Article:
One of the mysteries of the English language finally explained.
A style of architecture or art characterized by a deliberate plainness, crudity, or violence of imagery. The term was first applied to functionalist buildings of the 1950s and 1960s that made much use of steel and concrete in starkly massive blocks.
- ‘Its architecture was very much of its time; it was not seductive or inviting, but its brutalism was not so fierce as to prevent it becoming an object of local affection.’
- ‘They are hideous examples of concrete brutalism, dilapidated and badly-run and best demolished.’
- ‘There's a hard-edged brutalism in its new and rebuilt architecture, design and style; it's a city of the young - vibrant and raw.’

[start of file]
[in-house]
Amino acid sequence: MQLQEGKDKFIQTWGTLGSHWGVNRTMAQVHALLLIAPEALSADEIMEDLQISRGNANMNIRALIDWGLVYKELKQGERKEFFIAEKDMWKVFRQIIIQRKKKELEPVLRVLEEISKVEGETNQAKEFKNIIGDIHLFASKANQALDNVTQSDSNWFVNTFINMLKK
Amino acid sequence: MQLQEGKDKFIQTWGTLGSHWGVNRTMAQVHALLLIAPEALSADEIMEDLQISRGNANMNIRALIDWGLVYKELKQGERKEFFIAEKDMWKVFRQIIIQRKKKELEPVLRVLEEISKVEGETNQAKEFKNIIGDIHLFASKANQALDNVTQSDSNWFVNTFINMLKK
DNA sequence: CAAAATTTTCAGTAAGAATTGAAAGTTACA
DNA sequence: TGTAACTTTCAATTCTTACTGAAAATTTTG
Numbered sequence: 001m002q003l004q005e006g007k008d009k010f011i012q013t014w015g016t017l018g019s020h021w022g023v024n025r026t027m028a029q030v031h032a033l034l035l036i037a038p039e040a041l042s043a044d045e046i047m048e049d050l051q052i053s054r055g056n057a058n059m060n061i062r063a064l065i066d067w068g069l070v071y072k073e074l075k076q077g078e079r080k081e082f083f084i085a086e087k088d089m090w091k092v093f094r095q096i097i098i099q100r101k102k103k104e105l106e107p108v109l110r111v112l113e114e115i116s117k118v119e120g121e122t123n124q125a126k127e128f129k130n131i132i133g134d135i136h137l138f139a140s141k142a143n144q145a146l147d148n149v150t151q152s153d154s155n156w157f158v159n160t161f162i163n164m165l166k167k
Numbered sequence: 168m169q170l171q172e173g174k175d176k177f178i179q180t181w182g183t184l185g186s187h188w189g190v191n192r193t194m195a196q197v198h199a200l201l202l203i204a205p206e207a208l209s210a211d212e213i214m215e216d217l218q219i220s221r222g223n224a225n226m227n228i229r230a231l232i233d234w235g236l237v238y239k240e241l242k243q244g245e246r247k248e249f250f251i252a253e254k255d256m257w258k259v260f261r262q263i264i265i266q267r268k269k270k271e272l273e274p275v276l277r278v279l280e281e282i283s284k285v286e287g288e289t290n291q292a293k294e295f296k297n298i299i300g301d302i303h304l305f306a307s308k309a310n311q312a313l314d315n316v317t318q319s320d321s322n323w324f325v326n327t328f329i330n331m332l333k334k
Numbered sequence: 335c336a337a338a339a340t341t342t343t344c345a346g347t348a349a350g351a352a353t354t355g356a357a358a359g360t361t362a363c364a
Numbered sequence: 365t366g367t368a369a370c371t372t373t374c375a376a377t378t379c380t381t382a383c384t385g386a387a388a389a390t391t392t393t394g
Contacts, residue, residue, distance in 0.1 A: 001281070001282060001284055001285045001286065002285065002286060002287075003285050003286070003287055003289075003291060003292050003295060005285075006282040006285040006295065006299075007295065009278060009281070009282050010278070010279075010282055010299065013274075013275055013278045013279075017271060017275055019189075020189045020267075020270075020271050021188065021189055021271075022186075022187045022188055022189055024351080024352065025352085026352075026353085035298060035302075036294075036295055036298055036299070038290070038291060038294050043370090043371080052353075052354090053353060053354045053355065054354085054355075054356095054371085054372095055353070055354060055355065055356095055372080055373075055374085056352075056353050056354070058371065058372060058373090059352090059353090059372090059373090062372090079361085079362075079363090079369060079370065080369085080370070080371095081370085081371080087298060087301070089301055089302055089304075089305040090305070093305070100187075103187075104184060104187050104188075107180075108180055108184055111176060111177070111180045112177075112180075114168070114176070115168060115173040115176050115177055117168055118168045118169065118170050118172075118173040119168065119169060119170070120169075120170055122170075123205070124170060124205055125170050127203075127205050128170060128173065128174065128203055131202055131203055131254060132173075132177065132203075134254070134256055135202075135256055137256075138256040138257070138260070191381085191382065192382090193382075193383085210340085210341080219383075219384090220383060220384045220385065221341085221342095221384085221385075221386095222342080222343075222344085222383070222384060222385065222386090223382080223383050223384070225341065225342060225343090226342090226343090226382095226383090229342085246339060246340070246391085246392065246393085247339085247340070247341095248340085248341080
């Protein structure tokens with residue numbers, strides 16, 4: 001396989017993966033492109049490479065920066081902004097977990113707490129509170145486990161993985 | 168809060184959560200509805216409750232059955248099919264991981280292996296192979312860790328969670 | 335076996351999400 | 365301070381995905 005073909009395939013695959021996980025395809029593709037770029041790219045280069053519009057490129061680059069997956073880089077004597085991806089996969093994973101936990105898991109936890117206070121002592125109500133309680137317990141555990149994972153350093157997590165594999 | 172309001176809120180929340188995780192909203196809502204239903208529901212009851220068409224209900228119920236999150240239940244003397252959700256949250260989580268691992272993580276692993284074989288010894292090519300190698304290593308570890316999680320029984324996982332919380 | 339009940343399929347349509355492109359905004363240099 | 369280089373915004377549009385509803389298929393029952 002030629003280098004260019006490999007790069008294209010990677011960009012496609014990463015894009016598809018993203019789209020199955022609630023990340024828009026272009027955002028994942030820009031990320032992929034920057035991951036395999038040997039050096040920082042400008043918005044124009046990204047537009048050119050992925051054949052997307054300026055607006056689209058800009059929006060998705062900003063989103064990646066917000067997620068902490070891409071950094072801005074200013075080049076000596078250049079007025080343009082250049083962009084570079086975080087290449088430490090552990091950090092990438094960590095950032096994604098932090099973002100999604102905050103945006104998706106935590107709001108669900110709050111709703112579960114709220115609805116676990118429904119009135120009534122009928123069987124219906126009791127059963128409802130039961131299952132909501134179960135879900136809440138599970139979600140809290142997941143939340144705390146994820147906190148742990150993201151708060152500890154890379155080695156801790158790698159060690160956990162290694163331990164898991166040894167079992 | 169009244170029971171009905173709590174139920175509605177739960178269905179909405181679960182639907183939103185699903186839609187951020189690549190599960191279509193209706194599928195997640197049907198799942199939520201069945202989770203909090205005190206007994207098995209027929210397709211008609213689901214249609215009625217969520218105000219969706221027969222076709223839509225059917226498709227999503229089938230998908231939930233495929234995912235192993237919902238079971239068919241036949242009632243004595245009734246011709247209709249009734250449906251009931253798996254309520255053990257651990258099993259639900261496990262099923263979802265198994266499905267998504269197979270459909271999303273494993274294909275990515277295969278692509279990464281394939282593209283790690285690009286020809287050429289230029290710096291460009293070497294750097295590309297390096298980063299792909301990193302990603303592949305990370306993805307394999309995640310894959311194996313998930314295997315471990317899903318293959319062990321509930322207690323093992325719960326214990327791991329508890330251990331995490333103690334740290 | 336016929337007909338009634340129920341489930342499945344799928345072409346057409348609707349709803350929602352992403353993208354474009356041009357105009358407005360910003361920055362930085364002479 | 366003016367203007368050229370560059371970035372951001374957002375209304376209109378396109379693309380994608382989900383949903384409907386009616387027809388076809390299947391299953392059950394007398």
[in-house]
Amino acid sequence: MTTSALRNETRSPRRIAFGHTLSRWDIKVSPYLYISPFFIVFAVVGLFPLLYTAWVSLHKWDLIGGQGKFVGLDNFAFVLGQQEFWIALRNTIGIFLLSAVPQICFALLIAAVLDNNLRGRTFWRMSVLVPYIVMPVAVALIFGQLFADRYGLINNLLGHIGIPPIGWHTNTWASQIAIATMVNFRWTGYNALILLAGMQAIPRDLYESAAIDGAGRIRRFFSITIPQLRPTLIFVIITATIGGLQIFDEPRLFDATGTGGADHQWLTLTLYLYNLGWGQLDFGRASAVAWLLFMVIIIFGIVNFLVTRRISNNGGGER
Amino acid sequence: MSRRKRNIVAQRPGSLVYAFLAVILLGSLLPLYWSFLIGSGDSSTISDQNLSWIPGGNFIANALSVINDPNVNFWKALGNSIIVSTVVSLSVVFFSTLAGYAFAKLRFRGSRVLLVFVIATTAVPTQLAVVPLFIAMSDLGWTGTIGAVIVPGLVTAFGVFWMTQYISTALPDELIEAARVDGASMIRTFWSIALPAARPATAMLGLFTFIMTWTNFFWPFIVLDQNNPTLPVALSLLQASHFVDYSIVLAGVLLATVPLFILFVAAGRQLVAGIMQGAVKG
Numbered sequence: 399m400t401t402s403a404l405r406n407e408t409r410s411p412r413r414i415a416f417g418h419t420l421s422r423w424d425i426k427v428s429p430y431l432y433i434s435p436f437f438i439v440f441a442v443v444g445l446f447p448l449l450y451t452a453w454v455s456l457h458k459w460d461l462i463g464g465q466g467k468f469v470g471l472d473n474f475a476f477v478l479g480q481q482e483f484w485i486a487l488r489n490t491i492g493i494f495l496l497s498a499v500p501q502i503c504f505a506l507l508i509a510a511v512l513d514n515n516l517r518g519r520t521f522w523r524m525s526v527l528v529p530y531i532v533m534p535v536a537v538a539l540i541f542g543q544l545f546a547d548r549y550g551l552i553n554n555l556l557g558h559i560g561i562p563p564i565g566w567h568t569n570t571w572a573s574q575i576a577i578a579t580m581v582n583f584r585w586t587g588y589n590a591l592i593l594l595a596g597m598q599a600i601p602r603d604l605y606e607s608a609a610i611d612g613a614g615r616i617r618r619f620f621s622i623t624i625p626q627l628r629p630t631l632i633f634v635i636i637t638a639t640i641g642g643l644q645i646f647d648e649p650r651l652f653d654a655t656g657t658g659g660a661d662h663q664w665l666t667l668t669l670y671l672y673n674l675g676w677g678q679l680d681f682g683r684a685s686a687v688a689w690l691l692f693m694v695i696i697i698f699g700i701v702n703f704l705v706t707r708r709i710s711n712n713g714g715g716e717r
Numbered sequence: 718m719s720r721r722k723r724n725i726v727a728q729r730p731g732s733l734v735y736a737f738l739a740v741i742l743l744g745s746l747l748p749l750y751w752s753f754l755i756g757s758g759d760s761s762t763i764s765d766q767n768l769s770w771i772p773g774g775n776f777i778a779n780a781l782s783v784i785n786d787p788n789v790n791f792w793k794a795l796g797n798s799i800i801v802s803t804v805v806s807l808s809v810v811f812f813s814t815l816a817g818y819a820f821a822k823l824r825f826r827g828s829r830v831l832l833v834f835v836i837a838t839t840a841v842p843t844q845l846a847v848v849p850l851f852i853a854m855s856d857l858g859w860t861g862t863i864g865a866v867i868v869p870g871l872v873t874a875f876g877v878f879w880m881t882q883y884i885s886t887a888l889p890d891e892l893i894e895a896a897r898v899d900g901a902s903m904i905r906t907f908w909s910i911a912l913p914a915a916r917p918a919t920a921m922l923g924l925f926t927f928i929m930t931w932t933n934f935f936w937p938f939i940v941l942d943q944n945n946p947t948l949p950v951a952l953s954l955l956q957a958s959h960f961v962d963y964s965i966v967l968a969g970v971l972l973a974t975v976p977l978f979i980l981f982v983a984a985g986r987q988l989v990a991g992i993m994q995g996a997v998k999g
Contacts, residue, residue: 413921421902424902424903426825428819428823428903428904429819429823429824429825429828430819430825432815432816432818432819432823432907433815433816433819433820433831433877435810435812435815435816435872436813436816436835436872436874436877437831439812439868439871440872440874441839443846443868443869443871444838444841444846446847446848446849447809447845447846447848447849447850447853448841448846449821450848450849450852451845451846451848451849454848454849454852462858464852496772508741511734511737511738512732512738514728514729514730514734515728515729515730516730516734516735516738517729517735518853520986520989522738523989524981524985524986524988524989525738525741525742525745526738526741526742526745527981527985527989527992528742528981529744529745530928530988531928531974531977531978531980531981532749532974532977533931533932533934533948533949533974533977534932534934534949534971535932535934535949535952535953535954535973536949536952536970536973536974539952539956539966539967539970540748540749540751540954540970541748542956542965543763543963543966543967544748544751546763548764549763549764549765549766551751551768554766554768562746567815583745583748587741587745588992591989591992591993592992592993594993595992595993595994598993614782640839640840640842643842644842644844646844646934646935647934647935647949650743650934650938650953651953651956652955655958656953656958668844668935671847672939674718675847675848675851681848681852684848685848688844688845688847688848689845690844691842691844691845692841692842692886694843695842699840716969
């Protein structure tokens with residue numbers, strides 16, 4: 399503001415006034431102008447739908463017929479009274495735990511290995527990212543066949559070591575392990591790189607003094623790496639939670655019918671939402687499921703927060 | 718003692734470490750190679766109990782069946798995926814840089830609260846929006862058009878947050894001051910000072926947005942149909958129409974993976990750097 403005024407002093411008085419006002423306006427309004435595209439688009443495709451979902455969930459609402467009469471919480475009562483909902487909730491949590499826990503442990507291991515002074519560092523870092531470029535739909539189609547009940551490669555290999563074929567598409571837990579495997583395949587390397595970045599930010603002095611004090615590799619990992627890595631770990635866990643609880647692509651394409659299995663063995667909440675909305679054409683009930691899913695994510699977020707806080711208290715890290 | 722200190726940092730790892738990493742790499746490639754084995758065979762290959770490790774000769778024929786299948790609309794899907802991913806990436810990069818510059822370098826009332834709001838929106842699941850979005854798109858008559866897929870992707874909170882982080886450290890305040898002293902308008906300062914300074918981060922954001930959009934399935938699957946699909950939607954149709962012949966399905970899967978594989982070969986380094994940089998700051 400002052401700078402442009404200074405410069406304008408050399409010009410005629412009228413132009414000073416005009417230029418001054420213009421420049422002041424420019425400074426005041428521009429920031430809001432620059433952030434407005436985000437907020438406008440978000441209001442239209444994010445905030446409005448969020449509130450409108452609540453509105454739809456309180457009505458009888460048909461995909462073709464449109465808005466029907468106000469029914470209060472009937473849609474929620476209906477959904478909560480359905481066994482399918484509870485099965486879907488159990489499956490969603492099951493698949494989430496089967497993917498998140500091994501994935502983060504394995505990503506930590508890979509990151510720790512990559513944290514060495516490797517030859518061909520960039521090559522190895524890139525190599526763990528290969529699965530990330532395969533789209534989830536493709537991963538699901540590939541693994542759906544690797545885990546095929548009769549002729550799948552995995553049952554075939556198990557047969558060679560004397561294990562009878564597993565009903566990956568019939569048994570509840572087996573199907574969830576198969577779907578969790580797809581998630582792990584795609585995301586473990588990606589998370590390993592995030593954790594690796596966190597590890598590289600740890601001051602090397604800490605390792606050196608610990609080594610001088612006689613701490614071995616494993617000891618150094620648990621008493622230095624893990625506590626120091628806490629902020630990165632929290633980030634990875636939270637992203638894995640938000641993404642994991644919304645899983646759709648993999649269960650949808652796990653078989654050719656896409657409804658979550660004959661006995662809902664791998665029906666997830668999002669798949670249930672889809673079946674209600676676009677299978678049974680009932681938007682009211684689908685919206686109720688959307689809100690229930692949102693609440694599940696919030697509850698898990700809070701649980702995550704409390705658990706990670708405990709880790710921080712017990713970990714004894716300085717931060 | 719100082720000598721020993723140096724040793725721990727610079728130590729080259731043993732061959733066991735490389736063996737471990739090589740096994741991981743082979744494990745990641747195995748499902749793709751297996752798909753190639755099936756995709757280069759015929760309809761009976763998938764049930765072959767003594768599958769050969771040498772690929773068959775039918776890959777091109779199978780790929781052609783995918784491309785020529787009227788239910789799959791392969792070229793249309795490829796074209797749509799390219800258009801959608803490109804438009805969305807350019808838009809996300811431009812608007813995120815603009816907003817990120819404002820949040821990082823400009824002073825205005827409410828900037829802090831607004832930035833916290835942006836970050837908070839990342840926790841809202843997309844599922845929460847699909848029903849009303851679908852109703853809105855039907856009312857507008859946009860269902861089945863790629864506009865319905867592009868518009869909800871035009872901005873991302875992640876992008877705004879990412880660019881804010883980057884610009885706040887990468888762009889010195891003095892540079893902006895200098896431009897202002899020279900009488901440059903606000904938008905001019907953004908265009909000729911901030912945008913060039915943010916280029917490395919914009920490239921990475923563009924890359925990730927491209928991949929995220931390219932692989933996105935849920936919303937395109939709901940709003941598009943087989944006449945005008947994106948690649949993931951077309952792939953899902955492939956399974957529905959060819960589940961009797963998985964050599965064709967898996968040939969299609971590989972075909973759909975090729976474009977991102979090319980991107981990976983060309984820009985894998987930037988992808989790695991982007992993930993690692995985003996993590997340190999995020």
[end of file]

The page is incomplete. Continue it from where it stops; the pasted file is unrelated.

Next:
- ‘Various departments inhabit a ramshackle collection of buildings up and down Holloway Road, ranging through arts and crafts, neo-Georgian, brutalism and postmodernist junk.’
- ‘This bleak worldview was reflected in art, such as the Vienna Secessionists, divorced from tradition, and in the Bauhaus architecture ‘starting from zero’ which begot brutalism.’
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